Agility dog

Agility dog is perhaps the most popular sport for dogs. Its birth, which took place in the United Kingdom, is dated back to the late 70s of the last century, after which agility first spread to the countries of northern Europe, then gradually, has become known in many countries around the world. In our country the agility dog appeared in the late ’80s, to be precise in 1988; from January 1990, the ENCI (Ente Nazionale della Cinofilia Italiana) published its own regulations; the following year it was adapted to that of the FCI, the International Dog Federation.

After the first competitions held in 1990, agility dog began to become an increasingly popular sport, particularly in the central-northern regions.

What exactly is agility dog?

It is, essentially, a competition that provides for an obstacle course (inspired by that of the horse races) that the dog must finish as quickly as possible without receiving penalties, the competition also provides for the participation of the owner of the dog who must guide his four-legged friend giving him commands and instructions. It should be noted that the owner can guide the dog using voice, gestures, body movements, etc.., but he is not allowed to touch either the dog or the obstacles.

From what has just been said, it seems obvious that agility is a sport in which a perfect understanding between man and dog is fundamental.

Agility competitions are now very common and their spread is constantly increasing.

There is no unanimity of opinions on agility dog; some love this sport very much and believe that it is an excellent tool to create an even deeper relationship between the dog and his friend man, a way, in short, to cement their feelings, their team spirit, others, on the contrary, believe that it is incorrect to force the dog to overcome certain obstacles for what they believe to be only ambitions or vanity of the owner.

Surely, if you have to talk about human vanity, the dog that does agility has much more fun than the one that participates in exhausting manifestations of beauty. However, it should be noted that the dogs that have the most fun are those who are led to “work”, for example the border collies.

Agility dog: the main rules

Below we briefly report the main rules of agility dog.

Classes and Categories – The agility dog distinguishes between classes and categories. The classes are related to whether or not you are a beginner. Passing with a qualification of at least “Net Excellent” three races of class I degree you get the patent of agility that allows you to move to the second level. After obtaining three podiums in the second patent you can access the third patent, level that allows you to access the selections for the national team and the Italian Championship of Agility.

As far as the categories are concerned, they stand out:

  • Small category (dogs up to 35 cm high at the withers)
  • Medium category (dogs from 35 to 43 cm high at the withers)
  • Large category (dogs taller than 43 cm at the withers).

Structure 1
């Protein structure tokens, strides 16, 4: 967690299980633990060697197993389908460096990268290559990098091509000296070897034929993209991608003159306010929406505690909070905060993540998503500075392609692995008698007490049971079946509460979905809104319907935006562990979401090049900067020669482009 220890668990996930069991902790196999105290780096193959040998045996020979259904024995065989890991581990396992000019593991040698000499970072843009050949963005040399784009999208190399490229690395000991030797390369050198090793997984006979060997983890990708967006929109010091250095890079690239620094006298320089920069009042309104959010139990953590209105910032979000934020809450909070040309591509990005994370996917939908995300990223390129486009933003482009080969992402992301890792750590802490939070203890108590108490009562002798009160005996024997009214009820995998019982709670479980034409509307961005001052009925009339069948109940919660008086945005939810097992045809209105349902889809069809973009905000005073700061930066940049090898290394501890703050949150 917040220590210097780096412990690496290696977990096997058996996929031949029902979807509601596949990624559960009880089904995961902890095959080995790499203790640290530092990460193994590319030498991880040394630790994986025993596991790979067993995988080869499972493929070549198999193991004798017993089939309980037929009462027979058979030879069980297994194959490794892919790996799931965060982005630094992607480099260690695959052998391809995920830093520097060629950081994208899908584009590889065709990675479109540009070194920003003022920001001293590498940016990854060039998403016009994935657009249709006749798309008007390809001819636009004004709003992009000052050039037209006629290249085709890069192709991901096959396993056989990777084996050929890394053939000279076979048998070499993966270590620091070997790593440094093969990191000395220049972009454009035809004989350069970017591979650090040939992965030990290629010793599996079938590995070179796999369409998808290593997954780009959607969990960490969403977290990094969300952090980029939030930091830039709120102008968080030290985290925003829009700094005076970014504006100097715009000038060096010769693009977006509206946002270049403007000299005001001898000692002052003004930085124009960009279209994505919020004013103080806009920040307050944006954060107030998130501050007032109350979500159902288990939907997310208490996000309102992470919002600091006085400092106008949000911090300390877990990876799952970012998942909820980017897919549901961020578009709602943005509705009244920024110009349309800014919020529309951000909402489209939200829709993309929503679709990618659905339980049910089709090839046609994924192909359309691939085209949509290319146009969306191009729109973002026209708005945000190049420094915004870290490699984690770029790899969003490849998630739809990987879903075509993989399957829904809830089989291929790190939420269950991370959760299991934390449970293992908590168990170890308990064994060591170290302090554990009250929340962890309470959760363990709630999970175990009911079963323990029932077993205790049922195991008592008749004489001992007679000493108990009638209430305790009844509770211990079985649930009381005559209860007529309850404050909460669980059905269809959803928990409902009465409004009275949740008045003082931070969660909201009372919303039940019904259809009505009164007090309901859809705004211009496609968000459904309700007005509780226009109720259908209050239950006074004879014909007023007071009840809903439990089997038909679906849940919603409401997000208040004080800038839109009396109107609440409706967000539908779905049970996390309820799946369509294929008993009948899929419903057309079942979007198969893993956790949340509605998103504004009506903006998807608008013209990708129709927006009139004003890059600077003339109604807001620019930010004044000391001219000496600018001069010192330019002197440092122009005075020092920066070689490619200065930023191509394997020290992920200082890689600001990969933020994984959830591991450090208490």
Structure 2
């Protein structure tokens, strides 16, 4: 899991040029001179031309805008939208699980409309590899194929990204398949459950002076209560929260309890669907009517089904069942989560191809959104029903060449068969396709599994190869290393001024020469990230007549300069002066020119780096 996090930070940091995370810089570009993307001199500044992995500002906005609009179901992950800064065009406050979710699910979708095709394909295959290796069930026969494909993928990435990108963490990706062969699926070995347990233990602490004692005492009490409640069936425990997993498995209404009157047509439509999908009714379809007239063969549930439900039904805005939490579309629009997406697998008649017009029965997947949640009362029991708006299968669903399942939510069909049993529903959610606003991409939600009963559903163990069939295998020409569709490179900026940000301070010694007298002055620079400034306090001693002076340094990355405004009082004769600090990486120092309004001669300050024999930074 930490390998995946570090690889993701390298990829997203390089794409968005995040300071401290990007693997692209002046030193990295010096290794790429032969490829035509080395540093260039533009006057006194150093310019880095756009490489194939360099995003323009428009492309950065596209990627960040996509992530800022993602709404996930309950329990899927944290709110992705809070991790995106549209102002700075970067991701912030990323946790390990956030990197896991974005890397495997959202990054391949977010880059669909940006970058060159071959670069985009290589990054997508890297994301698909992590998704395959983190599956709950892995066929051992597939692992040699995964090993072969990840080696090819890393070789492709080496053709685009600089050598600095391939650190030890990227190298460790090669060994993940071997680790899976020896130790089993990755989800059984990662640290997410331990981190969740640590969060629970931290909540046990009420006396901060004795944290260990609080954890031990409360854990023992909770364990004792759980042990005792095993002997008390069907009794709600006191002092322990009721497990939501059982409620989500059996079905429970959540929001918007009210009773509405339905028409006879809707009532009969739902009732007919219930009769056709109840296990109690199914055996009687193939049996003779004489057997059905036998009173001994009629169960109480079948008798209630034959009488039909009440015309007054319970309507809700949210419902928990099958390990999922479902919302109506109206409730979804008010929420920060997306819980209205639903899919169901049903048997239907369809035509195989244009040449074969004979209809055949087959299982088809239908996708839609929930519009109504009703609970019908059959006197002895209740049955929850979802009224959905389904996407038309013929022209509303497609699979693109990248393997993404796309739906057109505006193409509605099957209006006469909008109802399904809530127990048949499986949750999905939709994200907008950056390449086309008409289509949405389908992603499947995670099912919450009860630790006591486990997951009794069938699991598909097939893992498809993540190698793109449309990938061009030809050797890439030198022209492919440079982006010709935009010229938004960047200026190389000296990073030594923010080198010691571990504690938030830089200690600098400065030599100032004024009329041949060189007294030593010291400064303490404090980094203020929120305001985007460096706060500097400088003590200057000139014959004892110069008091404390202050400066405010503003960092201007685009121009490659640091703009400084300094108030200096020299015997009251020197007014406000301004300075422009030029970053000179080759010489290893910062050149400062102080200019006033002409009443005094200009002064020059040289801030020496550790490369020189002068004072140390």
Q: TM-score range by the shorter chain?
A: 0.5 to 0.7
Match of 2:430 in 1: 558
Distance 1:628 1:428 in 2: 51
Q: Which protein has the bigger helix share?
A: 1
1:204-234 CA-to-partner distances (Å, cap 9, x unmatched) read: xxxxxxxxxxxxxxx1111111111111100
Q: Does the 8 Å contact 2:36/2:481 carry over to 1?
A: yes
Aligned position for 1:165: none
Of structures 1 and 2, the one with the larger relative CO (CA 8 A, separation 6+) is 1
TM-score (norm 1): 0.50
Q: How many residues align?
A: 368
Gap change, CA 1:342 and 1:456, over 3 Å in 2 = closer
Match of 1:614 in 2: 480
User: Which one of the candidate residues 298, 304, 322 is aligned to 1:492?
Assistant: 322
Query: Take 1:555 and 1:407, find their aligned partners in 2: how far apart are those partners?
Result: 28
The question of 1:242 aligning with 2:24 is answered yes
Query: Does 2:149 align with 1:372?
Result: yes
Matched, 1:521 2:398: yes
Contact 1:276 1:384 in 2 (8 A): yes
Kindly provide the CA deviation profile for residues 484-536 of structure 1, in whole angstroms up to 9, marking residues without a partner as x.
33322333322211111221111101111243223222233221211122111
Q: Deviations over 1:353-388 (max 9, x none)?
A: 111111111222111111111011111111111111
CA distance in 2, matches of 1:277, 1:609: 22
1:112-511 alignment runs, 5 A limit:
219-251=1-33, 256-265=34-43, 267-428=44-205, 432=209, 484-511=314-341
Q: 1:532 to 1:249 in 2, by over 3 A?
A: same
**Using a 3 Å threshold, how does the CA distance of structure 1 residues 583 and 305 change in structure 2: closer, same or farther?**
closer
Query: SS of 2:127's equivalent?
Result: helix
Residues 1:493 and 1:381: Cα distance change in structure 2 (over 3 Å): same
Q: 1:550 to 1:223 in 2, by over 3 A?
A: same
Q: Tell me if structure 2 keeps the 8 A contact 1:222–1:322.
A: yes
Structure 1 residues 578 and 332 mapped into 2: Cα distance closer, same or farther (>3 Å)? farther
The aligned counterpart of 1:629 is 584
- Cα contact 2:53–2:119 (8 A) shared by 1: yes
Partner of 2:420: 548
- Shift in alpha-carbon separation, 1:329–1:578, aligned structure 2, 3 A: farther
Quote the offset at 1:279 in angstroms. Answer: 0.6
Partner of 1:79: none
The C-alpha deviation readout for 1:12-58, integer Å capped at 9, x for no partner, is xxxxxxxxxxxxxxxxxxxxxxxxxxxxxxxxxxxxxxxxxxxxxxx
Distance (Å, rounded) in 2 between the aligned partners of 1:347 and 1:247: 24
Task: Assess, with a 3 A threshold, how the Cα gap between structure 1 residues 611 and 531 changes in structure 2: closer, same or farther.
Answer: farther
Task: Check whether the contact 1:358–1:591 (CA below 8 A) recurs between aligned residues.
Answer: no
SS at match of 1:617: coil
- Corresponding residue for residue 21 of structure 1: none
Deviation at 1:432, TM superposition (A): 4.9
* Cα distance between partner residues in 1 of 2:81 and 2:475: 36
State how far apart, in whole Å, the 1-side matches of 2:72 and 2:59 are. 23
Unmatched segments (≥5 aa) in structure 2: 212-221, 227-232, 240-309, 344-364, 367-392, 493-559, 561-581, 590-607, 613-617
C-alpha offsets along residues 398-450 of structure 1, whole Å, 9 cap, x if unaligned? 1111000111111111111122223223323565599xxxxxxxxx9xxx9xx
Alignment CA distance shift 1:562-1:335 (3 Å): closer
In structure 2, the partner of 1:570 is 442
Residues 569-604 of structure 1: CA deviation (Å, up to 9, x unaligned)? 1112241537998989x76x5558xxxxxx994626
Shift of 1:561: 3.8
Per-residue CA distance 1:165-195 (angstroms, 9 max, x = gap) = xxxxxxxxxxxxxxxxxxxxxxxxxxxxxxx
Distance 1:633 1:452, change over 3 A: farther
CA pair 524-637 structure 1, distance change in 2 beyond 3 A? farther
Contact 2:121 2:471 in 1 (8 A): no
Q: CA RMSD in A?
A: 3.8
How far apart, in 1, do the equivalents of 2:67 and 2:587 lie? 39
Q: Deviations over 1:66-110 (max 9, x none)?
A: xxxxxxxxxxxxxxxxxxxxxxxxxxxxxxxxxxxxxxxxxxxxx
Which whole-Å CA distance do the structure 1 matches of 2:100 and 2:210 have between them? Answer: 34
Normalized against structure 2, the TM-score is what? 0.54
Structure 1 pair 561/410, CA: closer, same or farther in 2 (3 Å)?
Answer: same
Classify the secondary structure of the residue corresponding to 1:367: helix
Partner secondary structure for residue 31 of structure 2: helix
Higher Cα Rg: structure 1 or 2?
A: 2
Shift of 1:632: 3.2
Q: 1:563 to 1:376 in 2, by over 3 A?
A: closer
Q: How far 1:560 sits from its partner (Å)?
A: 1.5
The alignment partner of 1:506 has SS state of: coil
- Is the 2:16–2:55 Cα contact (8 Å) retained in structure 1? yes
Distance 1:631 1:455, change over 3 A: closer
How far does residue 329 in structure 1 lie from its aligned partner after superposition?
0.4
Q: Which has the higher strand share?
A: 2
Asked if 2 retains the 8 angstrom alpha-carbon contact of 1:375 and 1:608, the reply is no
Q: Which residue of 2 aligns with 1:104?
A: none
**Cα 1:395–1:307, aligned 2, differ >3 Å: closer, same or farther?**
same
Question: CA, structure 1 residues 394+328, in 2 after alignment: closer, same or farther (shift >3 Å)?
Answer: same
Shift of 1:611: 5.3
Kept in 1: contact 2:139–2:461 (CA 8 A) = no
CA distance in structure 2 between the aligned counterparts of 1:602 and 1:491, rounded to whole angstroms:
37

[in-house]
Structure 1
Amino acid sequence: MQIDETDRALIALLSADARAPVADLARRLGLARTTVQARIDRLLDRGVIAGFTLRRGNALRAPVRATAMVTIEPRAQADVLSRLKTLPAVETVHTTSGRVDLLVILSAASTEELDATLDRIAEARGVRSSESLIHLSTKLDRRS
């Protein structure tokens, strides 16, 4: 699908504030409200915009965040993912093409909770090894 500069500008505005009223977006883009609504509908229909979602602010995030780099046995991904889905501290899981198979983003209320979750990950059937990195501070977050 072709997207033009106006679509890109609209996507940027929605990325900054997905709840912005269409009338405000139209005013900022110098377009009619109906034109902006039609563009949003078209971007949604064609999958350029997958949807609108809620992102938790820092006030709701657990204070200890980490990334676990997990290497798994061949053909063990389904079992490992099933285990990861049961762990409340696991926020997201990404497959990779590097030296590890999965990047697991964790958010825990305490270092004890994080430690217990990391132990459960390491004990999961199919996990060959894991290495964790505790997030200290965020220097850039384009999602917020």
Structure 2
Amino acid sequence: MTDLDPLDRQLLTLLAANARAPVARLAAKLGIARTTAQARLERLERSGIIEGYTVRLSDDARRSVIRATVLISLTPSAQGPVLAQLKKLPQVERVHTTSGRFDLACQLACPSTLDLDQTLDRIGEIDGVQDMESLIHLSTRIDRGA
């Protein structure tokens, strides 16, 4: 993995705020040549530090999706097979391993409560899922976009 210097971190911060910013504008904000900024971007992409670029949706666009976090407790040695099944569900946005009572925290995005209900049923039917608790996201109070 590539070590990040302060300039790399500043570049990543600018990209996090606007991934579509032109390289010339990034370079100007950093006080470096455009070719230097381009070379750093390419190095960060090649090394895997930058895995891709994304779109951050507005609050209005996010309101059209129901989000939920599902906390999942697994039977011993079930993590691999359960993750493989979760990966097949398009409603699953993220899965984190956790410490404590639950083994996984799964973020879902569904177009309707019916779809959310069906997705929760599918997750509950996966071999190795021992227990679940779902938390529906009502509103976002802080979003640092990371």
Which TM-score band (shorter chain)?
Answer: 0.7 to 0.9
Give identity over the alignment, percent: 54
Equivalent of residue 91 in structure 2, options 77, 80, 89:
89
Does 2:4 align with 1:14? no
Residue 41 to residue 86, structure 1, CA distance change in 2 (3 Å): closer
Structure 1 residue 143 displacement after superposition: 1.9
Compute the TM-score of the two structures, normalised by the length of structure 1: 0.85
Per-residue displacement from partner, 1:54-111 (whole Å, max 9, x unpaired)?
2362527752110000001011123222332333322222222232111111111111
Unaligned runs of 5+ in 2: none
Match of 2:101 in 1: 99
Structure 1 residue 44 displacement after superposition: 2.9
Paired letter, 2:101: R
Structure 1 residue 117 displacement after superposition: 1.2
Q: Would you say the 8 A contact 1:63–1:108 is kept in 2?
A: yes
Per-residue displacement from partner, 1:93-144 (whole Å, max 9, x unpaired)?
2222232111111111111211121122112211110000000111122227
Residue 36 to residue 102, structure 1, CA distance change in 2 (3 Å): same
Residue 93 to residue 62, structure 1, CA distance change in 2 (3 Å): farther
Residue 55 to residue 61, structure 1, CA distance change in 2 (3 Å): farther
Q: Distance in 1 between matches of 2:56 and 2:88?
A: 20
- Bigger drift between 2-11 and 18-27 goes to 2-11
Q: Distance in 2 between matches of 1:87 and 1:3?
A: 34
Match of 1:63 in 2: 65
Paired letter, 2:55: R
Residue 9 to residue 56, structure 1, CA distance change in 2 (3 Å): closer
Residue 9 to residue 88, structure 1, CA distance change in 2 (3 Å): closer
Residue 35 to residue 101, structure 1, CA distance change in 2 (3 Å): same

Depending on the category to which they belong, there are variations in rod height, jumps and obstacles.

Obstacles – There are three types of obstacles: those that must be overcome with a jump (high jump and long jump), those of contact (obstacles to be overcome by passing over such as the palisade, the rocker and the gangway) and those of penetration (obstacles to be overcome by passing through it, for example the rigid tube, the soft tube, the wheel and the slalom).

A particular obstacle is the table where the dog must climb and stay for at least 5 seconds.

The routes can be between 100 and 200 metres long; the obstacles range from a minimum of 15 to a maximum of 20 metres.

Mistakes and rejections – During the competition the dog can make mistakes; these are divided into mistakes and rejections; we speak of mistakes when the obstacle is overcome not in accordance with the rules (for example, you skip a rod, but you drop it); every mistake made involves 5 points of penalty. Instead, we speak of rejection if the dog does not try the obstacle or partially tries it (for example, pass next to the hedge instead of jumping).

In the case of rejection, the handler cannot continue his run, but must first correctly overcome the obstacle for the dog; rejection also involves 5 penalty points.

Elimination – The agility dog also includes the possibility of elimination. It can be ordered for various reasons:

  • the dog commits 3 wastes
  • the dog makes the course wrongly facing an obstacle that should not have been overcome at that time or tries the obstacle in the opposite direction
  • the dog leaves the course and leaves the competition ground
  • the dog wears a collar
  • the maximum time allowed for the competition is exceeded
  • the handler behaves incorrectly with the judge or with his dog
  • the dog shows aggression.

Route reconnaissance – Before starting their run with the dog, handlers, without their dogs, can make a reconnaissance of the route by studying and memorizing it in order to reduce the possibility of error.

The competition is won by the dog who, with less penalty, finishes the course in the shortest time.

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